Get-out-the-vote: 5-step process – enhancing voter turnout

Daniel M. Shea

One excellent illustration of the importance of last-minute campaigning occurred when Rosemary Shea (this author’s mother) ran for her first bid for the Oneonta, New York, School Board.

With one hour to go before the polls closed, the campaign team had exhausted its list of favorable voters. In fact, two or three calls had been made to each to get them out to vote. Determined to work until the last minute, the candidate herself scoured the list of those who had not voted. With 15 minutes to go, she drove across town to pay a “visit” to a household of three would-be Democratic voters. She convinced them to jump in the car and be driven to the polls so they could fulfill their “civic duty.” With seconds to go, all three cast their votes.

Out of the thousands of votes cast, Shea won that election by three votes. Get-out-the-vote (GOTV) can be the most important activity undertaken during a campaign. The record books are filled with elections won and lost by a handful of voters. In every election there are scores of congressional, state legislative, and even senatorial and gubernatorial races that are decided by less than one percent of the votes cast.

Carefully orchestrated last-minute pushes can mean the difference between success and failure. While it may be beneficial to our political system to have everyone vote on election day, the goal of GOTV drives should be to concentrate on those who are likely to vote for your own candidate. There are a number of ways to determine this, including telemarketing identification, demographic and survey research, and geography. Maybe everyone in a candidate’s neighborhood should be encouraged to help their “gal” or “guy.” Party enrollment is also often used.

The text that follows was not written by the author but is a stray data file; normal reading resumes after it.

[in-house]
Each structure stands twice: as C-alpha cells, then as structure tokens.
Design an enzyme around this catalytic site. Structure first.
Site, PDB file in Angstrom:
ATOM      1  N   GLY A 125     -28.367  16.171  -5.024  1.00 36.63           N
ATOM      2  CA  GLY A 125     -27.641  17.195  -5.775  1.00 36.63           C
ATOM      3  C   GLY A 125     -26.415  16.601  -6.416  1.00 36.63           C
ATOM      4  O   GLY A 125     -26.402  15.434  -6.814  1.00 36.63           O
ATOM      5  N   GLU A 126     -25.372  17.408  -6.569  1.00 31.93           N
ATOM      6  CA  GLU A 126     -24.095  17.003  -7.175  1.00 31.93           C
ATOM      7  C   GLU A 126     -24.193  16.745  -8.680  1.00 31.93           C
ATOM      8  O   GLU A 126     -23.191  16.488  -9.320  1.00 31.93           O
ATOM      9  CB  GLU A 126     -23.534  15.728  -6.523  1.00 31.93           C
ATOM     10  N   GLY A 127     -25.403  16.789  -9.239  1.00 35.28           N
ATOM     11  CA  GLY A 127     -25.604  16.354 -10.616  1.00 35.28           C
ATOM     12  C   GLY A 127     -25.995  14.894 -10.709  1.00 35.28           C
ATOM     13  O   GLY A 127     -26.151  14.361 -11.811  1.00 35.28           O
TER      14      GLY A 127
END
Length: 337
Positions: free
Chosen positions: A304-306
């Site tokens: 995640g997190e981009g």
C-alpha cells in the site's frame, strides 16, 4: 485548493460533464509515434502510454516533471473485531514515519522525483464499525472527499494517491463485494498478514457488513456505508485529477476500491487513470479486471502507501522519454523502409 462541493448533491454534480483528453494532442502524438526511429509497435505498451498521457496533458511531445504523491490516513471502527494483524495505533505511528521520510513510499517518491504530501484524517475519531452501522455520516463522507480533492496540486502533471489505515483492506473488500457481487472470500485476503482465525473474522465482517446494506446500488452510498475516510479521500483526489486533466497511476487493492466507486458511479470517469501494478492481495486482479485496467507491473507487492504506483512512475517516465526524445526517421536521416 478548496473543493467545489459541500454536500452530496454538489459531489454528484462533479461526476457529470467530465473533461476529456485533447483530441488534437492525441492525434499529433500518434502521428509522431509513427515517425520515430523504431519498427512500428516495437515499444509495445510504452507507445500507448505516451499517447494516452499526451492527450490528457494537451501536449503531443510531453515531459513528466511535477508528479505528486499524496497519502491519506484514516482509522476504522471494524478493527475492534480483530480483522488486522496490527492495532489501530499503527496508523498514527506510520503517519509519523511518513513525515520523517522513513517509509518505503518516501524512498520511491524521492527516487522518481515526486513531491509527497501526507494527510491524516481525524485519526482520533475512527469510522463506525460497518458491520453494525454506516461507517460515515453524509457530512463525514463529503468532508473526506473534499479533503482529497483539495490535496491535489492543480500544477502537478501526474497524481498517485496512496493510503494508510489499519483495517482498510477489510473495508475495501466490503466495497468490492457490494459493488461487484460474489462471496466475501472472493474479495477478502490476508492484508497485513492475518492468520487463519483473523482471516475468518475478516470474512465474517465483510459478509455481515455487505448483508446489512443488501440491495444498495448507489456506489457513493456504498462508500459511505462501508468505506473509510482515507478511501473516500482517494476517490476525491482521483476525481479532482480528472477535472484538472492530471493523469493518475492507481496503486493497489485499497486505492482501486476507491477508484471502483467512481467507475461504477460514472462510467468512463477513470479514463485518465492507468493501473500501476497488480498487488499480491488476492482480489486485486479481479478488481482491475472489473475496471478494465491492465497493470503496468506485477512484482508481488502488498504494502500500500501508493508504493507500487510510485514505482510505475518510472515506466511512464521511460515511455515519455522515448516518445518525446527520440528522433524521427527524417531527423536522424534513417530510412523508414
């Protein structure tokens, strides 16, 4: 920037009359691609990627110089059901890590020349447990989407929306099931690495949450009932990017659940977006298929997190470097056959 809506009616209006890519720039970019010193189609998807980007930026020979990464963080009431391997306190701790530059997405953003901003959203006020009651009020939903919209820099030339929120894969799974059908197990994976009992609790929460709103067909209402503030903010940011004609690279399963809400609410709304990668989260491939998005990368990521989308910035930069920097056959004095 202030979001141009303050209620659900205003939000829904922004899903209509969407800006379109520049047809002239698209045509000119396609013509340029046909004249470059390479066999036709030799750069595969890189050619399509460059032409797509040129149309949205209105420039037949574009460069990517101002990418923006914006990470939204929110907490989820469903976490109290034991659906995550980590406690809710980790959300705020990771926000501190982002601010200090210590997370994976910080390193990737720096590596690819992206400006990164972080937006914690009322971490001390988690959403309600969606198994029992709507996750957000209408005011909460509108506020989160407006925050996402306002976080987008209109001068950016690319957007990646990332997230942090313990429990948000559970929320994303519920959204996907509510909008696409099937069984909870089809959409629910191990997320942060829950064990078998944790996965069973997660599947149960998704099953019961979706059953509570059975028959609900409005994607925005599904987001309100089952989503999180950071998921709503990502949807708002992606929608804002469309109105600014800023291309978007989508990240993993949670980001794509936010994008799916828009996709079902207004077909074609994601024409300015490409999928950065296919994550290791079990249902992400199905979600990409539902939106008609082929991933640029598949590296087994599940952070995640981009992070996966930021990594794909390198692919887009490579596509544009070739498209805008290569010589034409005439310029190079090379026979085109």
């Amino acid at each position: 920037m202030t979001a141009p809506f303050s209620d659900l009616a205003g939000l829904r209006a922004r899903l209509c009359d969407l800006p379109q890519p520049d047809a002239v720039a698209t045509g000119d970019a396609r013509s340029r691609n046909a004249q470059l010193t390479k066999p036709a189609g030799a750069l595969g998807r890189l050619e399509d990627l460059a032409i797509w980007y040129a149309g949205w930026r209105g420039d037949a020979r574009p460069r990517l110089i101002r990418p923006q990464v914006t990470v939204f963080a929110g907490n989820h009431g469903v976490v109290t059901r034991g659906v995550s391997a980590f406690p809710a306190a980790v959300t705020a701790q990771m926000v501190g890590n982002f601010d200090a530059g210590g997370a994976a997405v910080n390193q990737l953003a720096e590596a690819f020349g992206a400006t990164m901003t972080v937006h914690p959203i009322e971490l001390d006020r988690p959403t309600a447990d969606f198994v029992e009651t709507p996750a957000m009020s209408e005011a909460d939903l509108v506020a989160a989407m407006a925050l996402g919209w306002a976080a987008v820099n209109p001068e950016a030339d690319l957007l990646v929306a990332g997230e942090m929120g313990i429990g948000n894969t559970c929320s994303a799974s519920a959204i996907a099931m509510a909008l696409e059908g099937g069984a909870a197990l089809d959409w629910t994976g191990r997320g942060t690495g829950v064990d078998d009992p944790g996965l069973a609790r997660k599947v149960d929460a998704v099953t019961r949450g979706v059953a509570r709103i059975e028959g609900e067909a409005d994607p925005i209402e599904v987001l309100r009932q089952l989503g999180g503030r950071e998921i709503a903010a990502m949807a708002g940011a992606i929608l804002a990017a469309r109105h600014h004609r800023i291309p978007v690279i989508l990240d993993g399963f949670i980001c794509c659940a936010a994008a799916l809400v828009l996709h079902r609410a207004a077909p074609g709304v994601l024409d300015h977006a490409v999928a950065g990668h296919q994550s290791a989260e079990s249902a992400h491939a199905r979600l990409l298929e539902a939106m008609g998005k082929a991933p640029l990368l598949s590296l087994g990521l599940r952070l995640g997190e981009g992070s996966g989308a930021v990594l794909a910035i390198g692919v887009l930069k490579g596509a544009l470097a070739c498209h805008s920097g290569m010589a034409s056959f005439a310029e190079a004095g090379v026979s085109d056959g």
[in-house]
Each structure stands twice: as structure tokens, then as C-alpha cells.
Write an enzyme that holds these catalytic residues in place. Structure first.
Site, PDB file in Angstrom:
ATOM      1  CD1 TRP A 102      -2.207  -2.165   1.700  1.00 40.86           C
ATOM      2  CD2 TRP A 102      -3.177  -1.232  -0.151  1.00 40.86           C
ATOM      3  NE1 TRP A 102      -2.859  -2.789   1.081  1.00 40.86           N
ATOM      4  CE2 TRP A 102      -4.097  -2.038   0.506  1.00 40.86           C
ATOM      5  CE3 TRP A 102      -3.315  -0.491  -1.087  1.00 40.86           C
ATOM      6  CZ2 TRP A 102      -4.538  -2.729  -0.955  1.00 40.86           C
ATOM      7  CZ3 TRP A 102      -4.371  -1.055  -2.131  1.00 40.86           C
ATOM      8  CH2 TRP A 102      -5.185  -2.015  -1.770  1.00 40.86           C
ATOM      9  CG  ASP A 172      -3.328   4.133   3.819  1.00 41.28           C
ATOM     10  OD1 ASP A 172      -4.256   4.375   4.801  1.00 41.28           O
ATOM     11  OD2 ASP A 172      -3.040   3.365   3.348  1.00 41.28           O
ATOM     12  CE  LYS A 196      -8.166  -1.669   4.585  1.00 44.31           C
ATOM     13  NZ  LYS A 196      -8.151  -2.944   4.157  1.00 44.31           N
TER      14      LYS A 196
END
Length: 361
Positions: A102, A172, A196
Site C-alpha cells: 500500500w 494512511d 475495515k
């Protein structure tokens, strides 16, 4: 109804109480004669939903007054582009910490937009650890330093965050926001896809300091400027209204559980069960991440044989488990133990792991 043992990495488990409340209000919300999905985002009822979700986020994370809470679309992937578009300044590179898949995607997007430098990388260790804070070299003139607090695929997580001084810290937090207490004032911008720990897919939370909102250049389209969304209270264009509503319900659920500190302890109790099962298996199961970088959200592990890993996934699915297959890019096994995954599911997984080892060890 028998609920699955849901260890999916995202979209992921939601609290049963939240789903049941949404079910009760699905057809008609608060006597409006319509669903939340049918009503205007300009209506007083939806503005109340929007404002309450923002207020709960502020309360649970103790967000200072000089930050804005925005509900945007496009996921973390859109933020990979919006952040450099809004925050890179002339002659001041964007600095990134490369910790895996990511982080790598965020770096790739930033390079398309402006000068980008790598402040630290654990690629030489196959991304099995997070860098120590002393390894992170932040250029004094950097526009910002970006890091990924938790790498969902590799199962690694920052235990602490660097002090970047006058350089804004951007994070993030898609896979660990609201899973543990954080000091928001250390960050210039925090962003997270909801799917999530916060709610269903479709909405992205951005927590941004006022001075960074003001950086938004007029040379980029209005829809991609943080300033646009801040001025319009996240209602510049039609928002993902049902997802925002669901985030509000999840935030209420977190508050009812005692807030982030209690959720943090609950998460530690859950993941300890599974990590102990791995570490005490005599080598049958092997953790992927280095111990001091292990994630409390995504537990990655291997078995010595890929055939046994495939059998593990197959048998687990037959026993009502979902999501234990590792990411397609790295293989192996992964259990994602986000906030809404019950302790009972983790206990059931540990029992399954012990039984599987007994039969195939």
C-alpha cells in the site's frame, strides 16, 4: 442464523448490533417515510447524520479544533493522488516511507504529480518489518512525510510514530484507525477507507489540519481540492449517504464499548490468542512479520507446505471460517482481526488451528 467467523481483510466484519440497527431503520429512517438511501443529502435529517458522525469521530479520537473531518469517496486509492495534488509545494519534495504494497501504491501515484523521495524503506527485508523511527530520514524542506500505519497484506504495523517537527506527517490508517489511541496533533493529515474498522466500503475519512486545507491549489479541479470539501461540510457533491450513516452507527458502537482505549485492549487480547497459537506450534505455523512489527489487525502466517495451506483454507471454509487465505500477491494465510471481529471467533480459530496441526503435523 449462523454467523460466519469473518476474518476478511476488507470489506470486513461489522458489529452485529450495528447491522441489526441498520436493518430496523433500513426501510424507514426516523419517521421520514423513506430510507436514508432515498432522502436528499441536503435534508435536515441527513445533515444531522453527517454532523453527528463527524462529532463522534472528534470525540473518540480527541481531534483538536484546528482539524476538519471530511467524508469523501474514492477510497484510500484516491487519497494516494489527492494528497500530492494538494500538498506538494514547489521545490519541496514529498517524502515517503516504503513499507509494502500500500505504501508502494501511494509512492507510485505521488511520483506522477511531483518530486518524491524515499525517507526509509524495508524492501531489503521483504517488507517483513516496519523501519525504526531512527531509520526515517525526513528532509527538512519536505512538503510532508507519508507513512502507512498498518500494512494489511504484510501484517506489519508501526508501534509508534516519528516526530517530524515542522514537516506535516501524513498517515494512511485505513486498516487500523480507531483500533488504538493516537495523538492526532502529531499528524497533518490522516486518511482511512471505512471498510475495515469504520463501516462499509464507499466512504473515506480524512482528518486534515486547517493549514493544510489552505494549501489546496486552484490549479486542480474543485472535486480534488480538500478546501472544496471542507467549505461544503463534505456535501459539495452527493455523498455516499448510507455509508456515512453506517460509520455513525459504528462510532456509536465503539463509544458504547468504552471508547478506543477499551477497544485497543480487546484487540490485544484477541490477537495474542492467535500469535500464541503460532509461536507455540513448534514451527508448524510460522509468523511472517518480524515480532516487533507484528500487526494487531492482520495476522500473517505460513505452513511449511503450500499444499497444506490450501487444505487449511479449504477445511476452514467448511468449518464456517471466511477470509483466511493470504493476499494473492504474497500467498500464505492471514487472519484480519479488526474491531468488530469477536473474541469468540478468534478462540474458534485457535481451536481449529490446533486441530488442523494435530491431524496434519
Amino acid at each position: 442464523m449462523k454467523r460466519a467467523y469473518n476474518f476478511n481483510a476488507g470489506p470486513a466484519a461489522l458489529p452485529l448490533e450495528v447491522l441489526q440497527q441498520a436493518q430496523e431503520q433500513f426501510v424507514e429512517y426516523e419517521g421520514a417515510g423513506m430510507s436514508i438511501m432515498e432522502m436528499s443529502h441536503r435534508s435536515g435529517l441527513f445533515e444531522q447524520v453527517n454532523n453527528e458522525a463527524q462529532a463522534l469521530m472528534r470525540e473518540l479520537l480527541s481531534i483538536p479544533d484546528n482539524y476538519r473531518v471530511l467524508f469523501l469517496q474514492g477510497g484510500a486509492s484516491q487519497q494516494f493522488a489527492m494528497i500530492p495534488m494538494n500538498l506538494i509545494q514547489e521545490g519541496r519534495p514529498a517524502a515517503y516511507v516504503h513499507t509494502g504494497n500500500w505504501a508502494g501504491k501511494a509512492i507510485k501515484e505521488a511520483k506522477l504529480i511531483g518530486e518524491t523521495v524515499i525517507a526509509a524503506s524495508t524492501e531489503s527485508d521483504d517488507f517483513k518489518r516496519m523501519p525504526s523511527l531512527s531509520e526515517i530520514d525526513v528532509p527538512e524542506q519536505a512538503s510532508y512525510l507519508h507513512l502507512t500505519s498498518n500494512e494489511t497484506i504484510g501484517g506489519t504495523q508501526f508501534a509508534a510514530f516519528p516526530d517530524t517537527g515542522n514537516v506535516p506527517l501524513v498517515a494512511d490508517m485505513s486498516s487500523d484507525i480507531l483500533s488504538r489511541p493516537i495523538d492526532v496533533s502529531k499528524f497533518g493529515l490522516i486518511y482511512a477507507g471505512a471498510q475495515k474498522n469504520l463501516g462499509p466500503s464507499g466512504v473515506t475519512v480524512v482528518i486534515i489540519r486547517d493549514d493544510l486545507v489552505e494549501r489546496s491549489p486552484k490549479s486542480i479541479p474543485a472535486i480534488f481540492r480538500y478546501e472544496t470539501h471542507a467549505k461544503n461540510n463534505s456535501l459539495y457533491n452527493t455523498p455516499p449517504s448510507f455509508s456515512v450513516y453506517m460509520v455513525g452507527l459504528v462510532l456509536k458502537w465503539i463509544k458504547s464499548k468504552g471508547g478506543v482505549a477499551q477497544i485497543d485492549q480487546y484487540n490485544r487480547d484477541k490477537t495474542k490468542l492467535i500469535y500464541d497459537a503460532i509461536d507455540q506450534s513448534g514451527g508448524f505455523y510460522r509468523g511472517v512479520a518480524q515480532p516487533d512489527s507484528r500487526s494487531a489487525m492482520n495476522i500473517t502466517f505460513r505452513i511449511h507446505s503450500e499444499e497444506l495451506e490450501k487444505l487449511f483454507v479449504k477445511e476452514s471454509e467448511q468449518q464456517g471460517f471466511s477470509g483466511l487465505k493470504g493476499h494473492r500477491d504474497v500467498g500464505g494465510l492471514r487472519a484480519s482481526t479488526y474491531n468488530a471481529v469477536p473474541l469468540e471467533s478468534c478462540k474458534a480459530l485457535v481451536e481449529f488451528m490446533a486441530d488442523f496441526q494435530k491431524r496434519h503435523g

All things being equal, a person’s party enrollment is the best single predictor of his or her vote choice. Conceivably, the canvass records will produce a list of favorable voters. A good rule of thumb, suggests political consultant Cathy Allen, is to target roughly 10 percent of the voters needed to win. “If you are running a state legislative race and need 15,000 votes to win, you must have at least 1,500 identified supporters whom you will push to the polls.”

Whatever criteria are used, it is important to remember that last-minute pushes are designed to get your voters to the polls. Not simply to kick up turnout.

Every consultant and party operative will advocate a slightly different GOTV approach. Some would rely upon canvassing, doorbell ringing, direct mail and other tactics. Below is a technique that relies upon volunteer efforts and has proven to be quite effective.

Step 1: Early Planning. The team should begin planning GOTV at least 30 days before election day. That means establishing a written plan of action and assigning a coordinator. The plan should lay out specific tasks, dates to accomplish these jobs and who is responsible for completing them.

Moreover, it lists the necessary resources needed – both money and people, supplies and facilities.